When I first began to write about Oregon wine 20-some years ago (in millennia of wine, hardly a flash), there were only a couple hands-full of labels to track. Now we have more than 400, increasing almost daily. And the wines are often very good. This poses many challenges, not only for wine writers but particularly for the wineries themselves — their owners, their staff, retailers, et al.
Competition has become quite fierce, requiring innovative, creative responses to stir the market pot. Options abound for wineries: improve labels and/or packaging, improve distribution, sharpen marketing and brand recognition, remodel tasting rooms, bring in food trucks, improve picnicking facilities and so on.
First, make ever-better wines, no easy task, especially in the face of rapid climate changes, increasing sophistication in winemaking, expansion of global markets and a hundred other such variables. Of course, use of the internet and social media in marketing have radically altered the sales game. One obvious strategy: Encourage visits to tasting sites.
Games: There’s an idea. Everybody likes games, right? Even supermarkets ‘n’ fast-food joints use games to engage customers. Who doesn’t like the chance to win free stuff ‘n’ moolah?
So: a wine game, a bingo, in partnership, say, with a travel business — a game that could promote travel to local wineries where punters could taste the wares (maybe buy some?) and get their bingo cards stamped, building toward the Big Prize …
Travel Lane County and participating wineries (and others) thus concocted Pinot Bingo, a yearlong game that formally launches May 4 to open Oregon Wine Month. Rules are simple and “play” is not exactly onerous. Anyone who wants to play can visit any wine site (21 wineries, plus “pairings”— some breweries, restaurants, retailers) in the South Willamette Valley, pick up a bingo card (including map and “How to Play”), get a number stamped (e.g., G3/Pfeiffer, G8/LaVelle), start filling in rows and columns and such, until BINGO! Winner!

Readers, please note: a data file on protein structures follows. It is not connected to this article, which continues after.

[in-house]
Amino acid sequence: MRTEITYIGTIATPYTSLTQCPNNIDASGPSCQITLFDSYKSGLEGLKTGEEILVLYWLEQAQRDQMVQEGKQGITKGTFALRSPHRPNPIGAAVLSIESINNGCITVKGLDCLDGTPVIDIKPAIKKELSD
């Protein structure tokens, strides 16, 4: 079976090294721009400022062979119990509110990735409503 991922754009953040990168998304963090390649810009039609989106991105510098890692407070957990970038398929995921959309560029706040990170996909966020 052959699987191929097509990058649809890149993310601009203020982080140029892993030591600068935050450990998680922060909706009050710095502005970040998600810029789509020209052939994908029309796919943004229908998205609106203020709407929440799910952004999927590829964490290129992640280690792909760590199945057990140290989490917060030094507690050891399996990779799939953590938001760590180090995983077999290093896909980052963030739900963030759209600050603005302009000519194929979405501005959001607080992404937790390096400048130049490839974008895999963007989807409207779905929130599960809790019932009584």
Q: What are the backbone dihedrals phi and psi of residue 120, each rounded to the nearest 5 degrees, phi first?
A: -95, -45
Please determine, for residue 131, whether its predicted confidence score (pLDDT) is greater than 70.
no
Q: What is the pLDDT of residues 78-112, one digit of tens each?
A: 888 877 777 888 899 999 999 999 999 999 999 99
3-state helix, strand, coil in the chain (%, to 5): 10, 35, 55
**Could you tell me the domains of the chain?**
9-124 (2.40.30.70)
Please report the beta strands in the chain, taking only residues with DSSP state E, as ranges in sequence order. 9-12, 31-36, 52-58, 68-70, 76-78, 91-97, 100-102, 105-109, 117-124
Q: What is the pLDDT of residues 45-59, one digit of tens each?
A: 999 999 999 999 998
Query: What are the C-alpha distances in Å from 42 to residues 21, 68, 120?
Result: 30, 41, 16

There are three ways to win: “flight,” in which you complete a row, horizontal, vertical, diagonal (you know how bingo is played); “bottle,” in which you complete three rows (15 visits), take your prize, keep your card, play on to next level; and “fill cellar,” in which you complete the whole card, get entered for the grand prize (drawing May 2017). Brochure sez: “Bring your completed card to the Eugene, Cascades, & Coast Adventure Center in Springfield” (Gateway, neighboring Michaels and Best Buy) to collect prizes (plus advice on further adventuring).
Realistically, there can’t be losers in this process. Players can start, say, with the urban wineries, then roll out to the beautiful rural wine country (especially Territorial Highway), sample terrific wines — some, like Pfeiffer, never available in stores, some just released. Fill in cards with stamps at virtually every stop (no purchases necessary). Enjoy the journey, and the play.
Some wineries are trying other strategies. For instance, this month the new owners of Domaine Meriwether (G9), Lorrie and Eric Normann, announced they will change the brand’s name to Valhalla Winery, “with a nod towards their Norwegian heritage, Valhalla is the ‘grand hall’ in heaven where life was celebrated with food and wine.” Note, if you Googled “Valhalla,” nobody has to die in battle to enter this Valhalla. Wassailing is encouraged, but with their very good wines, as is safe driving home.
Visit, taste, meet friendly people and win prizes. The biggest prize, however, might be the experience itself, the chance to discover your own preferences in styles and flavors, plus the chance to confirm a simple truth — some of the best wines in the world are being made here, in our own neighborhood.
In the words of an old adage, “In vino veritas” — loosely translated, “In wine there’s truth.” And truth is fine, isn’t it? But free stuff doesn’t hurt.
We wish all our vintners — and our readers — the very best, at their work or at play. n